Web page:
The Day of Drucker
It was Peter Drucker Day recently, or more appropriately the day of an annual conference in Vienna celebrating his life and thinking. For those who don’t know, Drucker was one of the best known management gurus and consultants for half a century, from 1950 until 2000. He was still influential at business school when I did my MBA, among those less enamoured with the fashionable Chicago school of the time.
Drucker’s professional career, like mine, stretched across the range of office environments from whole paper based, with an ashtray on the desk, right through to the blackberry enabled always on lifestyle of the noughties. The always on lifestyle combined with the shift to remote working has brought the work and stress levels traditionally associated with the masters of the universe in the investment banking, consulting and legal industries into the life of everyone, although without the requisite increase in remuneration.
As I think of my paper laden desk at a government office in the 1980s, now a health and safety hazard due to the ashtray, I am struck by the fact that the processing time for payments was 3 days from application, all done on paper files and handwritten forms. The introduction of high-tech systems over the last 30 years now delivers the same result in a processing time of 4 – 6 weeks. More secure, infinitely more auditable, but still much slower. Evidence of the truth of Drucker’s observations,
so much of what we call management makes it difficult for people to work.
And certainly, the move towards a more data driven and technology-based business culture has resulted in a very different, although not noticeably better way of doing things. I suspect much of the problems presented by what is increasingly called technology, without the new, but in reality is a confluence of the telecom, cloud, computing and data industries, that are the outworking of the systems view of the world so popular among the intelligentsia of the early 90s. Business, commerce, and government viewed as a system is bound to be fundamentally dehumanising, overlaying structures without appropriate change management processes have a similar effect on employee morale. The issue with systems thinking is the unwillingness to properly consider the view of those within the system, and the need for neatly mapping the unruly actions of humans.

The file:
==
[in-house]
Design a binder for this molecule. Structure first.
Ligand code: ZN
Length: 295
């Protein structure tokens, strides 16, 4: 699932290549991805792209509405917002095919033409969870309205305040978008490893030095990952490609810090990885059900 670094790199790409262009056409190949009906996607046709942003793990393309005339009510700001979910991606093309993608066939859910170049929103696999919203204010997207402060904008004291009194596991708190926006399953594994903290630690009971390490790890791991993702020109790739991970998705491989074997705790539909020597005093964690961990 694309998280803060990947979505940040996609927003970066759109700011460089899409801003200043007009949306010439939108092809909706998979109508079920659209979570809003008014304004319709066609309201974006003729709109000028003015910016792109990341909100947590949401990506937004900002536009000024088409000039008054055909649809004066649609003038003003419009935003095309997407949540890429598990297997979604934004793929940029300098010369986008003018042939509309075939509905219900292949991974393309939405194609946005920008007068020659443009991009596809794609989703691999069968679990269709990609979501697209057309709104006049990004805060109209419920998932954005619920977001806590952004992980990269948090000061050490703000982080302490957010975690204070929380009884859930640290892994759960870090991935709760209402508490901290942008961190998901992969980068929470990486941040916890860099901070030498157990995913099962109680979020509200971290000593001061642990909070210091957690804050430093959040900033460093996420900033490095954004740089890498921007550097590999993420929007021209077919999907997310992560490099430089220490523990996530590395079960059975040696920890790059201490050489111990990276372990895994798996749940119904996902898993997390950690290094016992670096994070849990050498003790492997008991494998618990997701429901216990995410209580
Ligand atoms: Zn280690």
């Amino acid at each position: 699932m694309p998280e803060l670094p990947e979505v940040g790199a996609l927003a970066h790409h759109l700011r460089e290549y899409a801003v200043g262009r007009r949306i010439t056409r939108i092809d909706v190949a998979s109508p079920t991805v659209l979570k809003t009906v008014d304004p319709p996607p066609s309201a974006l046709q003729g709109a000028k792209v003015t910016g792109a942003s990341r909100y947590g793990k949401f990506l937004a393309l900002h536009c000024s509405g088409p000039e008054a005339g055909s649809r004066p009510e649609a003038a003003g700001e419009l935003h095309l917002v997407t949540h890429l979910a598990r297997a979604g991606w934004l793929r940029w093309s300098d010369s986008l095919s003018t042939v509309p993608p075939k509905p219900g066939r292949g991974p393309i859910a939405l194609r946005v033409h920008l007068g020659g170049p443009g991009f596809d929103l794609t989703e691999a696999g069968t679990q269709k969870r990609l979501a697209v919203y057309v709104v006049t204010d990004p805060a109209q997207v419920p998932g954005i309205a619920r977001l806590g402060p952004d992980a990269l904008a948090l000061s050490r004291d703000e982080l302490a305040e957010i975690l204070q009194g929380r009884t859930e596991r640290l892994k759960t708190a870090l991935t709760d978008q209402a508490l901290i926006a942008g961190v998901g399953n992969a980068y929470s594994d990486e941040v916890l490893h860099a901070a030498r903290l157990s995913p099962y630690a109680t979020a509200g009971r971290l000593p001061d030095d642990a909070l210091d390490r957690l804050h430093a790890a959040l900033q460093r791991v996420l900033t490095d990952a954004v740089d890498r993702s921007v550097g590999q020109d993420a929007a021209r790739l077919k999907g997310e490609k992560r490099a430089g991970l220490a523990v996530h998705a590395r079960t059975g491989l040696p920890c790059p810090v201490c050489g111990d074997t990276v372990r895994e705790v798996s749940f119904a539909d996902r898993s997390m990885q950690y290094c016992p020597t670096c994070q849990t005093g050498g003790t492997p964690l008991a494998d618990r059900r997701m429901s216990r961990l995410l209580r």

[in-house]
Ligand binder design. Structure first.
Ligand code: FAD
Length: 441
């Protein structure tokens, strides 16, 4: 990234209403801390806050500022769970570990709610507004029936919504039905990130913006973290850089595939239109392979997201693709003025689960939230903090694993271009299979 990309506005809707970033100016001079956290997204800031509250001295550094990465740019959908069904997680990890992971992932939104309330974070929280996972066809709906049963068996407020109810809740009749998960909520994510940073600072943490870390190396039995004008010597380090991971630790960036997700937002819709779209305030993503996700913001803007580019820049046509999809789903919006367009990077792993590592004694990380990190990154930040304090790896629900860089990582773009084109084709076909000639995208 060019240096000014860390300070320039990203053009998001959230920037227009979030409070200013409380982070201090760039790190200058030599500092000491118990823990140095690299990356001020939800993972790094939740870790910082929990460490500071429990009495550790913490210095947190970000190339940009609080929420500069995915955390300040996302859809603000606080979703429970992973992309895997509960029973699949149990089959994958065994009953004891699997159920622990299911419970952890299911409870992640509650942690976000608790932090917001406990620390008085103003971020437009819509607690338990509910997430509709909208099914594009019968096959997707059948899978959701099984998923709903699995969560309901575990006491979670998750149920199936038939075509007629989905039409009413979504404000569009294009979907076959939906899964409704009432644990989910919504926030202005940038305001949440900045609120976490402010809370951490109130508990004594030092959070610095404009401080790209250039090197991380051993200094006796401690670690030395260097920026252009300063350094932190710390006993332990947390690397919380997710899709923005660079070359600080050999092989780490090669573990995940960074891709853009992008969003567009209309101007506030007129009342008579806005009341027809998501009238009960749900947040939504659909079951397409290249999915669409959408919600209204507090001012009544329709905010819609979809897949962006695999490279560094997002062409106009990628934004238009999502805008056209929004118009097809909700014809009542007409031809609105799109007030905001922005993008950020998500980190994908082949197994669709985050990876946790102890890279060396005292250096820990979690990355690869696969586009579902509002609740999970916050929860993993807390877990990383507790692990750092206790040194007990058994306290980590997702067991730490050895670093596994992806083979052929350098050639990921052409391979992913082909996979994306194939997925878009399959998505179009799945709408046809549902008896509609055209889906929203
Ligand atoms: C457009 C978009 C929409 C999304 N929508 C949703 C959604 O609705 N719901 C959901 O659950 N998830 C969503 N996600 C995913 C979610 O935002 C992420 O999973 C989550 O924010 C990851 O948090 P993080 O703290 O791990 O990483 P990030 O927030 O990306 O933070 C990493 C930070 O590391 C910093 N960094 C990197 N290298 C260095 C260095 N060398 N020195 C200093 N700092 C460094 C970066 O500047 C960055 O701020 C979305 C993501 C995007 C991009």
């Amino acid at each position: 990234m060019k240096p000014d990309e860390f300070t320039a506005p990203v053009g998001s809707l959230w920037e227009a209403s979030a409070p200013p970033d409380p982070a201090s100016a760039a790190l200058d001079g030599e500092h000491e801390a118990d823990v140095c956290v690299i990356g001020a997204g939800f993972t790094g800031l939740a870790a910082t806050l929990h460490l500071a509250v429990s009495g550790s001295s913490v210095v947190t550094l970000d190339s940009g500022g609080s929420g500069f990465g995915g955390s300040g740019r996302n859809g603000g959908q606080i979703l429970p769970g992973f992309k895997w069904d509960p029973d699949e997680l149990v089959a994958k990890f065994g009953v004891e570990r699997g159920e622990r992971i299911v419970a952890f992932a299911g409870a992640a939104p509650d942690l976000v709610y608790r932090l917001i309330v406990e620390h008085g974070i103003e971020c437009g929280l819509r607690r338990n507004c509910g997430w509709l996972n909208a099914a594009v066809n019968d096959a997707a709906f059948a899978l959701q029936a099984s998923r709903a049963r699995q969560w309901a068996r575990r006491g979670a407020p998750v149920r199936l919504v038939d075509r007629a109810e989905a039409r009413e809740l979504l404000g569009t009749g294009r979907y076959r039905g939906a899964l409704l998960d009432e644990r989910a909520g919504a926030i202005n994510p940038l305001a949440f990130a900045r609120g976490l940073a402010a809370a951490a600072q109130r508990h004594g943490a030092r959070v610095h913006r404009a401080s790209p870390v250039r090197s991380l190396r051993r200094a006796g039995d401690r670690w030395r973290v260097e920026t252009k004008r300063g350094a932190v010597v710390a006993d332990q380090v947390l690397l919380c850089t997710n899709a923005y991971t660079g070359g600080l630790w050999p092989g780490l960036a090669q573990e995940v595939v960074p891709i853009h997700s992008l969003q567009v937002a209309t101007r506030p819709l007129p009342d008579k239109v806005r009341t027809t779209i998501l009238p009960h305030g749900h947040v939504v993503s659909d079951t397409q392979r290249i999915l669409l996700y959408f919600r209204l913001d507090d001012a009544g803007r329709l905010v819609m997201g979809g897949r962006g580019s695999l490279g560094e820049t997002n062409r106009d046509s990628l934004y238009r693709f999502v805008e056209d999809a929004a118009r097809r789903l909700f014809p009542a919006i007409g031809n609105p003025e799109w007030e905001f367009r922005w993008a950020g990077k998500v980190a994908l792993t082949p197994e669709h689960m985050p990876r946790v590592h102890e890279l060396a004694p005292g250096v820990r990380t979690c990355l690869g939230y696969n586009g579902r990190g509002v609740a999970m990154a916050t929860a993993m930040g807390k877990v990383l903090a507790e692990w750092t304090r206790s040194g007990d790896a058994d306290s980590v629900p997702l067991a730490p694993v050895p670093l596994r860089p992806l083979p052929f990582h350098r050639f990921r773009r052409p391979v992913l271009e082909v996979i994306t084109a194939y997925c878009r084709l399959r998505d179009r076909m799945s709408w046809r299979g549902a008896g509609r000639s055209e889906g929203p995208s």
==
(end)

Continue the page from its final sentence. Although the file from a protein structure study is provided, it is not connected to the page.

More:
If one takes a people focused approach, much of the fog of technology can be lifted. Most organisations exist to deliver or service a function for people. People are the ultimate consumers of everything we produce. Once we see organisations as networks of people doing great things with data, cider or delivering government services as our primary lens for viewing the organisation, rather than departments or technology stacks, it becomes much easier to plan an organisational strategy, which in turn can be cascaded to the people charged with the doing. This can then be applied to finding solutions to our customers’ needs in whatever form that may take.
Regardless of what the tech sector may wish us to believe, it is the people who we work with that create, develop and maintain successful businesses and agencies, and it is the customers or service users who derive the value of our output. Technology is an empty box without real people to enable it, and good technology is designed to meet a human need. Once the technology is making it hard for people to work, it has ceased to have a use and value.
We can help…
- organisations of all sizes understand their mission-critical data capabilities, and build an action plan for strategic change. Get in touch if you want to find out more.
- with a one-hour intense Consultant Clinic session, if you are not sure whether you want to commit to a large engagement but you want to understand your data issues and develop a strategy.
- if you want to chat about a very specific problem with one of our Emeritus Advisors, check out our Advisor Clinics.